I think Candidate X is likely to be right but which of the many Bastilles do we storm? The other possibility is that the system collapses of its own inherent contradiction. The system is unsustainable. To a degree, and I may regret saying this, but I've been bemoaning that our recent brush with financial collapse wasn't deeper so as to flush the system out but then on the other hand I honestly hope that I don't live long enough to see it because who wants to endure a systemic crash?

We are living in a world where nation states have ceded sovereignty to corporations. Look at what is going on in the Sudan, Peru and Nigeria. You've got open rebellion against development and rightly so. Those are the most extreme examples but there are other on-going simmering battles.

by Charles Lemos 2009-08-13 09:52PM | 0 recs
Re: hard to square this

His rhectoric depends on faith, which is in great abundance for Democrats now that the President is not named Bush.  I think faith is always a mistake regardless of who is in office, and, therefore, I prefer to cold water of your post in response.

For example, not only is the drug bill hard to reconcile with the rhectoric. So is going behind closed doors to cave on end of life counseling for people who wanted simply because the GOP calls it death panels.

This behavior is really not all that confusing. It's PR marketing. Say one thing. Do another. Assume people won't know that what you said is different from what you do.

A large part of me now left hoping that what he says he will actually do, but these instances of rhectoric do not inspire me to believe (nor do rhectoric of some of the more ardent supporters) that when push comes to shove we will see a public option, drug price negotiation etc out of reconcilliation.

by bruh3 2009-08-13 10:28PM | 0 recs
Re: hard to square this

By ardent- I mean people liek Ezra Klein who seem to change position daily.

by bruh3 2009-08-13 10:30PM | 0 recs
Re: hard to square this

Like I said before and say it again, you cannot square of a deal like that and expect to have a viable public option that will keep costs down. For all intents and purposes we will have some sort of reform but it will not be a comprehensive health care reform that will keep costs down but more like an insurance reform with some more regulation, mandates for personal coverage, maybe an exchange and a co-op. How strong the exchange will be or the co-op is anybody's guess. Will it lower premiums for a few years? Maybe. Will it lower overall costs of health care over the next 10 years? Without further concessions from drug companies and hospitals I do not foresee how.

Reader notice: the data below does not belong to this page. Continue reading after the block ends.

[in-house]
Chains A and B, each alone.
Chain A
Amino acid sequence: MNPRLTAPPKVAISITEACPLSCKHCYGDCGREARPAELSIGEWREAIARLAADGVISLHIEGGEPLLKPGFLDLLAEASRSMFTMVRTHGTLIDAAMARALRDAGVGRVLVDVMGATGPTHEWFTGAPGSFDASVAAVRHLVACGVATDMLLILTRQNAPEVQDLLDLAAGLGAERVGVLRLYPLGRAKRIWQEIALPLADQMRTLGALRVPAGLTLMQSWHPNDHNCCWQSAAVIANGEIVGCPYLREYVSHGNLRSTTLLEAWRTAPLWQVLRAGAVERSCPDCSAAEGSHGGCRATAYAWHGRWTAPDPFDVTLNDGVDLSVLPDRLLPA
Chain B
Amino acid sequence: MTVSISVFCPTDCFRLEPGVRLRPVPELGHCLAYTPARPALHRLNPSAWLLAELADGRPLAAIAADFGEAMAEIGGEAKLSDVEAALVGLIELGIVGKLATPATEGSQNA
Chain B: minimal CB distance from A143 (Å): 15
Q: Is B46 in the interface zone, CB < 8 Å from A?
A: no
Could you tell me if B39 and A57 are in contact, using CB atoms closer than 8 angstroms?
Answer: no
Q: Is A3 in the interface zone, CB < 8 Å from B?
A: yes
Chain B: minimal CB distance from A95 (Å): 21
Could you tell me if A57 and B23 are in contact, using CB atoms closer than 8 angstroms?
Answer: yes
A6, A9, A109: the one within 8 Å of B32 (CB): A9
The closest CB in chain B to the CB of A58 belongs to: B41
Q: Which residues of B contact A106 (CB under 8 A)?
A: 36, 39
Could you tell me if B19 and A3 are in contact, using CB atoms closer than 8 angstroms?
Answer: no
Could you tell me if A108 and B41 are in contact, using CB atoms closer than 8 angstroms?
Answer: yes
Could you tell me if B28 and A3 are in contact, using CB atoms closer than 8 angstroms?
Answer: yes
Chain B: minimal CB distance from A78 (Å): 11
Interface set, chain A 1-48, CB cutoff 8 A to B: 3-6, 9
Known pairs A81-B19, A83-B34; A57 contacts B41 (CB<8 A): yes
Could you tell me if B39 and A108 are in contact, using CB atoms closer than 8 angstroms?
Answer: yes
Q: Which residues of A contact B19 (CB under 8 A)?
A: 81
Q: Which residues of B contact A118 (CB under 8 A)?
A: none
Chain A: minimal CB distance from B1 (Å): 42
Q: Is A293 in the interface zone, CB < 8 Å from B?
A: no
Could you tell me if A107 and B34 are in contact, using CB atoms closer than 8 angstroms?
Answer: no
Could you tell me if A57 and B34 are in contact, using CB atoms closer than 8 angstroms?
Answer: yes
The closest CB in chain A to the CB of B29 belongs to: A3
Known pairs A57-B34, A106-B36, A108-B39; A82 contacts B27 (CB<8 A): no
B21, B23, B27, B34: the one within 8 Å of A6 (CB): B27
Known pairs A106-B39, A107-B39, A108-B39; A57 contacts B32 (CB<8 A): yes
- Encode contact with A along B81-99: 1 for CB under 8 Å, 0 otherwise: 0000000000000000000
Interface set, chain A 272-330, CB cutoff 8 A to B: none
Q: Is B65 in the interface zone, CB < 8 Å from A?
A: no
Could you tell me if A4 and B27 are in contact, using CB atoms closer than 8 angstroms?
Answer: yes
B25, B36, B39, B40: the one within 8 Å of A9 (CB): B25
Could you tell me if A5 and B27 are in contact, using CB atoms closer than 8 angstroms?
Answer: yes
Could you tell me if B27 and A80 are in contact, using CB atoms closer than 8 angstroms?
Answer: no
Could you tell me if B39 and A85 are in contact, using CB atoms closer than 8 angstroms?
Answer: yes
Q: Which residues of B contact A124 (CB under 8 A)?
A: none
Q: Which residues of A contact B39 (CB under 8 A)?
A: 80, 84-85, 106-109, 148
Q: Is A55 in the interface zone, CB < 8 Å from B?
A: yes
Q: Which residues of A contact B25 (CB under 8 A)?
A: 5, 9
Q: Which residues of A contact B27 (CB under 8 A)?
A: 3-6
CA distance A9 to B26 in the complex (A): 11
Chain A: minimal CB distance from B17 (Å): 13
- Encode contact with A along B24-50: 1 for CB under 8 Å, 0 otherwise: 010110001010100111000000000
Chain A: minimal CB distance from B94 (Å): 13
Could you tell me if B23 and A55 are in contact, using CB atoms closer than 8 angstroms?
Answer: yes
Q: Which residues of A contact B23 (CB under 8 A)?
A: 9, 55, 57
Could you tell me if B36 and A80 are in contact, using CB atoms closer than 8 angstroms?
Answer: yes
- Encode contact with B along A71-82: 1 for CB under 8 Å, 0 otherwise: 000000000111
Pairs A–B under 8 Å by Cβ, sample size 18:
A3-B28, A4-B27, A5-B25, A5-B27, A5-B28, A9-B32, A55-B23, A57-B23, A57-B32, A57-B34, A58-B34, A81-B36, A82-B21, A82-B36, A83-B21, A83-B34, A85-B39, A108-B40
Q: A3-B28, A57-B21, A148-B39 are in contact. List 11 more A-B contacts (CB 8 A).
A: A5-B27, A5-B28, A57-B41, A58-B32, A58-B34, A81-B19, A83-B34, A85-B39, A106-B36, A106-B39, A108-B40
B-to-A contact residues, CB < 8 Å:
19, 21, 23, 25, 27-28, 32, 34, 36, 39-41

by tarheel74 2009-08-14 05:26AM | 0 recs
moreover

As a constituent of Leonard Boswell, I am hard-pressed to think of any time when he stuck his neck out for a progressive policy that was controversial. He was one of the Blue Dogs who voted with Republicans way too many times. Although he has voiced support for a public option, I have no doubt that he would vote for a sham reform like whatever the Senate Finance Committee produces in the end.

by desmoinesdem 2009-08-13 09:03PM | 0 recs
Re: Obama Ain't Kickin' the Can Down The Road

It's like Joe Biden (TT quoting Biden, big surprise) says: what are you willing to lose over? What's worth not getting that second term?

by Nathan Empsall 2009-08-13 10:38PM | 0 recs
Re: Obama Ain't Kickin' the Can Down The Road

It's an odd formulation because I think the only way he's a one-termer is if NO bill passes.  Now he wants to kill old people, AND he's ineffectual.

by Jess81 2009-08-13 11:04PM | 0 recs
Re: Obama Ain't Kickin' the Can Down The Road

It's a rhetorical flourish, and I hope he means it, but I think Bill Clinton sort of nailed it:

Of course you don't. I'm telling you no matter how low they drive support for this with misinformation, the minute the president signs a health care reform bill his approval will go up. Secondly, within a year, when all those bad things they say will happen don't happen, and all the good things happen, approval will explode.

...

I'm pleading with you, try to keep this thing in the lane of getting something done. We need to pass a bill.

by Jess81 2009-08-13 11:02PM | 0 recs
implementation

There's more time for the GOP to try to lie and distort after a bill passes but before it takes effect.  The provisions of the current drafts don't even start taking effect until 2013, right?  

I agree, though, that passing a public option will be a huge Democratic win, short and long term.

by chiefscribe 2009-08-15 07:50AM | 0 recs